What do oxytocin and cortisol have to do with leadership? How does cortisol hinder collaboration and cause division amongst employees?
In his book Leaders Eat Last, Simon Sinek explains how cortisol and oxytocin affect leadership. Cortisol creates a toxic work culture where employees see each other as competitors rather than collaborators. Oxytocin, on the other hand, fosters empathy and trust, which encourages collaboration and inspires innovation.
Here’s how cortisol and oxytocin affect the workplace culture in your organization, according to Sinek.
Cortisol Hinders Collaboration and Innovation
According to Sinek, oxytocin and cortisol play a key role in leadership. Cortisol hinders collaboration and innovation because it makes people feel unsafe. It sends your body into survival mode when you’re threatened. It shuts down any non-essential bodily functions so your brain can identify the threat as quickly as possible.
(Shortform note: Shutting down non-essential bodily functions may help you identify danger, as Sinek suggests, but what if you need to focus on something other than your unsafe feelings? For example, if your child gets lost in a busy mall, you need to be calm and focused to find them, despite the cortisol in your system. If you’re panicking, you may just run around the mall without a plan and not find your child. If you’re calm and focused, you can contact mall security and retrace your steps. To bypass the fight-or-flight response, experts suggest taking deep breaths, acknowledging your feelings of worry and fear, and asking yourself whether these feelings are helpful. This forces you to consider your situation logically, which can reduce cortisol levels and make it easier to focus.)
One of the functions cortisol impedes is oxytocin production. This means when employees feel stressed or unsafe at work, they lack the oxytocin that would otherwise encourage them to feel empathy and form trusting relationships, which are the keys to effective collaboration.
(Shortform note: The competition caused by a lack of oxytocin that Sinek warns about can make a workplace miserable. Competitive subordinates may belittle their coworkers, take credit for other people’s work, or act like a manager even if they’re not one. These are likely attempts to get attention and support. Experts suggest dealing with a competitive person in the workplace by being direct: Confront the competitive individual and explain how their behavior is impacting you and their peers. Focus on the competitiveness as a problem that you’ll solve together to encourage teamwork rather than defensiveness. In addition, show them that there’s no need for competition by continuing to support and encourage them.)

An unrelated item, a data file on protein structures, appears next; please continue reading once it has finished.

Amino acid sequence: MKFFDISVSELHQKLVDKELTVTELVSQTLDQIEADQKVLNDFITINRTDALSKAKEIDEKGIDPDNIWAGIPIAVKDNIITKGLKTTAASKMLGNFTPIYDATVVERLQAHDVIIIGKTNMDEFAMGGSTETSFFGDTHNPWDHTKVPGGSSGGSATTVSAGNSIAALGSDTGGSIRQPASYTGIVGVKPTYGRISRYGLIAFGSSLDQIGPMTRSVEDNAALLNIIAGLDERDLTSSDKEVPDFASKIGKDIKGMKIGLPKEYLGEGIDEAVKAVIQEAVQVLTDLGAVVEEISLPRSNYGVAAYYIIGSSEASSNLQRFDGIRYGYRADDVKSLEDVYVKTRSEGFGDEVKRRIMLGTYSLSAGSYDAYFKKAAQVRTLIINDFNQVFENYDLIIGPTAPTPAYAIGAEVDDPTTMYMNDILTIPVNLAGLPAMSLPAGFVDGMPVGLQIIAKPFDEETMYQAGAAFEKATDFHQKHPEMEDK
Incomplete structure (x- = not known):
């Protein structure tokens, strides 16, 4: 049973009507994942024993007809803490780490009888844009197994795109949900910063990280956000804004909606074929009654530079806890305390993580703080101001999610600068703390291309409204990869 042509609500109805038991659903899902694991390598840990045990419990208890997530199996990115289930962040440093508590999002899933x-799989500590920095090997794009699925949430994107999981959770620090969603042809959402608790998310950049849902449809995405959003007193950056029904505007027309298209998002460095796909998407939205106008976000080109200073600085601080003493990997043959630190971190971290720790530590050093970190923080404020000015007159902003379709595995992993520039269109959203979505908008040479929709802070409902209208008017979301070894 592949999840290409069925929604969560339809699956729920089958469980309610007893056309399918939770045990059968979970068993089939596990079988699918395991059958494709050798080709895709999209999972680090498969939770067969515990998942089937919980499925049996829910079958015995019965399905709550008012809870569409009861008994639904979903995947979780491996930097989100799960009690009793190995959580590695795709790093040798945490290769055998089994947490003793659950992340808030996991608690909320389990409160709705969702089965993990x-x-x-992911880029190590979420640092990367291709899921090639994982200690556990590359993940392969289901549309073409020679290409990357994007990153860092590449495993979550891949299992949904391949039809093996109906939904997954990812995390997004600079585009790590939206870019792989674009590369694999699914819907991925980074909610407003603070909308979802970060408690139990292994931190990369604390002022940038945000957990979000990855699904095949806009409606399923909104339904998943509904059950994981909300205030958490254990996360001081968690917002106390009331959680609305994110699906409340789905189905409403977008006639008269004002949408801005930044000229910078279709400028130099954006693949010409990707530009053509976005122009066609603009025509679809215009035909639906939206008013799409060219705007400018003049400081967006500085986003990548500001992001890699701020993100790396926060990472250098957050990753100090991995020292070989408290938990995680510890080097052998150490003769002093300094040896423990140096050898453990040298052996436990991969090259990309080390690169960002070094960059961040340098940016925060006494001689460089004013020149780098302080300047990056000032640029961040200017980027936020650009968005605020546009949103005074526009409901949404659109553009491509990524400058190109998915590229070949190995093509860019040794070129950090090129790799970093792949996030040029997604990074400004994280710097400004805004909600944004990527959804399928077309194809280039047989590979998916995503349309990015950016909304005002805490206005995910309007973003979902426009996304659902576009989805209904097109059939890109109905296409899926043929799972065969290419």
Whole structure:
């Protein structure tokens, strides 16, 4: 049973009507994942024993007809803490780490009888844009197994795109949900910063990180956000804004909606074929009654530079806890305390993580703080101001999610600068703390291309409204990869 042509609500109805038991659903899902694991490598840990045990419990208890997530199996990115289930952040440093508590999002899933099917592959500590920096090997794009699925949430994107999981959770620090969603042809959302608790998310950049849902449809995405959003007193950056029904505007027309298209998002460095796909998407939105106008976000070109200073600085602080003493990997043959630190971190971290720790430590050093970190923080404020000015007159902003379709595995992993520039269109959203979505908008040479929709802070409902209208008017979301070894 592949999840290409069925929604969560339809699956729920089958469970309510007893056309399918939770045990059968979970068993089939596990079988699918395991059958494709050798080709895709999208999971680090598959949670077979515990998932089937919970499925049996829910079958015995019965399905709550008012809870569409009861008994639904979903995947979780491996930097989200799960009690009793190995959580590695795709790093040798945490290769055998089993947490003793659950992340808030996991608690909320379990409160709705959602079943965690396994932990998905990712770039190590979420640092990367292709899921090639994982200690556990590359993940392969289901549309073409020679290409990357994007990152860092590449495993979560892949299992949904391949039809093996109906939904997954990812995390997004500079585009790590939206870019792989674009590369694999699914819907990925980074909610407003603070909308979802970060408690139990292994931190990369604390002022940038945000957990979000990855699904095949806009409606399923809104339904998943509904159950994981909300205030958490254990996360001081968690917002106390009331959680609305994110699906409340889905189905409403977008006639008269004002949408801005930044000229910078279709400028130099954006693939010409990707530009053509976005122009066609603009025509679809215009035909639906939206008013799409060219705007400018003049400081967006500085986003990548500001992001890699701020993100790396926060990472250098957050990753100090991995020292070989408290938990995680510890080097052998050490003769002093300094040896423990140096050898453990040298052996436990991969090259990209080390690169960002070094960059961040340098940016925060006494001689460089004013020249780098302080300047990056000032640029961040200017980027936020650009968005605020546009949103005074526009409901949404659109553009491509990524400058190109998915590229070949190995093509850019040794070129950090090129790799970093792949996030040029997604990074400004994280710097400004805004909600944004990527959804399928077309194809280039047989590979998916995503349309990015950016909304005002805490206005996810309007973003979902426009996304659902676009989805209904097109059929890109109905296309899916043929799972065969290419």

Cortisol also prevents your employees from innovating: It impedes their ability to focus on things other than identifying whatever made them feel unsafe. When humans identify a physical threat, our bodies release adrenaline, which Sinek implies flushes the cortisol from our systems and alleviates our feelings of insecurity. Unfortunately, most of modern humanity’s threats are abstract, like having too much responsibility at work. When your employees can’t identify a physical danger, their bodies don’t release adrenaline and the cortisol stays in their systems longer, distracting them from creating innovative solutions to problems.
(Shortform note: Sinek presents losing creativity as the main downside to having cortisol in your system for a long time. However, arguably a more pressing problem is the physiological effects of this cortisol response. As cortisol builds in your system, your body gets stuck in ‘production’ mode: Instead of listening to your brain’s signals to stop producing the stress hormone, your body keeps pumping out cortisol. This state of chronic stress damages your immune system and puts you at higher risk for depression.)
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Here's what you'll find in our full Leaders Eat Last summary :
- Why a leader must prioritize her subordinates’ needs above her own
- How empathy and support can be strong managerial tools
- Why you must see your customers, suppliers, and employees as people